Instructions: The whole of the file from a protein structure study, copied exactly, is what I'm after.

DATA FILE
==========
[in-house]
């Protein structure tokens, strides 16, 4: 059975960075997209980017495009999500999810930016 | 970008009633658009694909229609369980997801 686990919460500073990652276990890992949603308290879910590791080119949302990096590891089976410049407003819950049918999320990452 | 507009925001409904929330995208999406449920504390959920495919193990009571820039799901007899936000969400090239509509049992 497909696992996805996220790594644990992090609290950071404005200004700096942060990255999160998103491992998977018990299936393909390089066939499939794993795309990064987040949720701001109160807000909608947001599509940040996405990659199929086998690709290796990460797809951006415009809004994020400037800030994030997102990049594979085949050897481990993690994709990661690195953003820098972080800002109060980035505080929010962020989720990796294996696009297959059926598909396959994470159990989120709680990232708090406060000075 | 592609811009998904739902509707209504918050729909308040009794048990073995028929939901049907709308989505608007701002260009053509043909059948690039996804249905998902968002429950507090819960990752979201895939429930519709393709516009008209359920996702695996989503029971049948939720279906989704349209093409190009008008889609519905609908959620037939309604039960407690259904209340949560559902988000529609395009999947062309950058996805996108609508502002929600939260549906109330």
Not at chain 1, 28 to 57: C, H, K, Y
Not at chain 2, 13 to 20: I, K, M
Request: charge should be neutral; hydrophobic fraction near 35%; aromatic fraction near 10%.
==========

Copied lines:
[in-house]
């Protein structure tokens, strides 16, 4: 059975960075997209980017495009999500999810930016 | 970008009633658009694909229609369980997801 686990919460500073990652276990890992949603308290879910590791080119949302990096590891089976410049407003819950049918999320990452 | 507009925001409904929330995208999406449920504390959920495919193990009571820039799901007899936000969400090239509509049992 497909696992996805996220790594644990992090609290950071404005200004700096942060990255999160998103491992998977018990299936393909390089066939499939794993795309990064987040949720701001109160807000909608947001599509940040996405990659199929086998690709290796990460797809951006415009809004994020400037800030994030997102990049594979085949050897481990993690994709990661690195953003820098972080800002109060980035505080929010962020989720990796294996696009297959059926598909396959994470159990989120709680990232708090406060000075 | 592609811009998904739902509707209504918050729909308040009794048990073995028929939901049907709308989505608007701002260009053509043909059948690039996804249905998902968002429950507090819960990752979201895939429930519709393709516009008209359920996702695996989503029971049948939720279906989704349209093409190009008008889609519905609908959620037939309604039960407690259904209340949560559902988000529609395009999947062309950058996805996108609508502002929600939260549906109330």
Not at chain 1, 28 to 57: C, H, K, Y
Not at chain 2, 13 to 20: I, K, M
Request: charge should be neutral; hydrophobic fraction near 35%; aromatic fraction near 10%.